PUBLISHED: 15:37 07 August 2008 | UPDATED: 13:20 24 August 2010
By Katherine Ormerod The poster for Marguerite is intoxicating. Ruthie Henshall with her classic femme fetale looks, clad in a Gilda-esque long red dress seducing you and your hard-earned cash. The critical plaudits orgasmically announ
By Katherine Ormerod
The poster for Marguerite is intoxicating.
Ruthie Henshall with her classic femme fetale looks, clad in a Gilda-esque long red dress seducing you and your hard-earned cash.
The critical plaudits orgasmically announce that Marguerite is the best show in town, and with the fabulous plotline, I was ridiculously excited to see how the musical would stand up especially as it is the newest offering from Oscar-winning Michael Legrand and author Alain Boublil (of Les Mis fame and fortune).
With musicals it seems, you either love or hate them, and I am solidly in the first camp.
Which made my disappointment all the more wrenching.
The problem with living in London is that you are constantly bombarded with a subtle form of (often subliminal) persuasion.
Billboards at the tube, the moving adverts as you ascend up the escalator and images in magazines and free papers constantly nudging you to think this or that.
These underhand devices had already convinced me that I was going to LOVE Marguerite.
It started well, and the supporting cast cannot be faulted.
They tell the story of Vichy France, the government of occupation during WW II.
We follow the world of the Establishment which collaborated with Hitler's purges, voluntarily increasing sanctions against the native Jewish population.
This is definitely not a story that French nationalists would be comfortable with, and there is something ballsy about the way the story challenges the public memory - memories which most French people are quite happy to sweep under the carpet.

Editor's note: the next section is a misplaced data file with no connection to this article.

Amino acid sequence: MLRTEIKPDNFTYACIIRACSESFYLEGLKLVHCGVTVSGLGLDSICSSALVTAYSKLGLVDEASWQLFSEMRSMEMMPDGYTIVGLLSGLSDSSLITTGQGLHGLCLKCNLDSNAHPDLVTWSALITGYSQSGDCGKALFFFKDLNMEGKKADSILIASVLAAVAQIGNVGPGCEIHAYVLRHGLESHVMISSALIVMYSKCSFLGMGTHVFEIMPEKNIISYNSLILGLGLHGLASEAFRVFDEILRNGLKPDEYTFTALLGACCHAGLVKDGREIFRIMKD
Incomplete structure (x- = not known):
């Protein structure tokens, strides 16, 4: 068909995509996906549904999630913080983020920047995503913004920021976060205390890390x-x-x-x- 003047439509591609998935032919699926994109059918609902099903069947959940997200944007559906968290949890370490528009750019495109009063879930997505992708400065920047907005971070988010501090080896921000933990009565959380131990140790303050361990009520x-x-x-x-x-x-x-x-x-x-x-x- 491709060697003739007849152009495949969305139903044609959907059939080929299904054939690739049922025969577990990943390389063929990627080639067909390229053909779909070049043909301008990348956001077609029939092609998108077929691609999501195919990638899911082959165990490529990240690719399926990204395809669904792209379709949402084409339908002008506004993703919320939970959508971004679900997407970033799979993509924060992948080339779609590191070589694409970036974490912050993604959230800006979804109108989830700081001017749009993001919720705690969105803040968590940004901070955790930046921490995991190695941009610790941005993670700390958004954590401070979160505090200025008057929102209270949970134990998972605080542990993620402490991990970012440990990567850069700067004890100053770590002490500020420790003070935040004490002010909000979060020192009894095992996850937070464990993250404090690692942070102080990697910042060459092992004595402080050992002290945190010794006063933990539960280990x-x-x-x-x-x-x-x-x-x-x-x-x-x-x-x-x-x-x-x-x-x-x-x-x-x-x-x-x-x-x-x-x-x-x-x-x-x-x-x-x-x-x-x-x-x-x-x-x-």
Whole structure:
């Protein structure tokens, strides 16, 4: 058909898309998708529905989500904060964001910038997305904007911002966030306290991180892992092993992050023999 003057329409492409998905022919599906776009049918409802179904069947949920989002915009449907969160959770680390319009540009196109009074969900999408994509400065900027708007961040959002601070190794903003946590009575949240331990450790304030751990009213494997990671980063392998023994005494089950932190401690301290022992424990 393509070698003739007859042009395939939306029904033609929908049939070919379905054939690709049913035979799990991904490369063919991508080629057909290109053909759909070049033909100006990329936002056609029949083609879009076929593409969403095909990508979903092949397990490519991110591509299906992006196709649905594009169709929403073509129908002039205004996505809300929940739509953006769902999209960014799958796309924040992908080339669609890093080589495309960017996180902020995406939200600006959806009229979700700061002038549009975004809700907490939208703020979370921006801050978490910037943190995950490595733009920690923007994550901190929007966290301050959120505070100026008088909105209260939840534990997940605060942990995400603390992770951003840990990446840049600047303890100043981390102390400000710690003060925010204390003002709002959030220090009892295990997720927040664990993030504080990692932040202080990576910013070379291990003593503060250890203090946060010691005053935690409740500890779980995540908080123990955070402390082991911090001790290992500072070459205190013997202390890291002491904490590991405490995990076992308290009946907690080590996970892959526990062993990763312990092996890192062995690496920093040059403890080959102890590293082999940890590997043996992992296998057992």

Marguerite, the concubine of Otto the German general, an ex chanteuse with a wild streak, based loosely on the classic fallen heroine Marie Duplessis, falls madly in love with a (you guessed it penniless) piano player.
Their love story goes against all boundaries of class, politics and morality and in the whirlwind, family and friendship bonds are forsaken as the wrath of Otto is incurred.
The story unfolds beautifully as you see Marguerite's golden days decline.
As the war draws to a close, her 'friends' who now profess to love all Jews move to spurn Marguerite.
The final scene is a poignant reminder of the plight of many victims after victory was declared as Marguerite is kicked to the ground and her head shaven: a ritual humiliation experienced by many a 'female fraterniser'.
So far so good.
Unfortunately Ruthie Henshall's voice repulsed every inch of my soul. It set my teeth on edge and totally diminished my enjoyment throughout the production. Critics have praised her training and control, but as far as I could hear that training amounted to warbling, (not quite Mariah) girlish whining and an ability to obscure every single words she sang. Horses for courses and all that, but really, when I think musical voice - I think pure, clear, powerful belters, infused with passion. As so often when you do not believe in the main character, it is difficult to believe in the story. Go to see Marguerite, but my advice is to wait until the lead is replaced - hopefully with someone whose voice does not degrade the music to schmaltzy, wordless whimpers.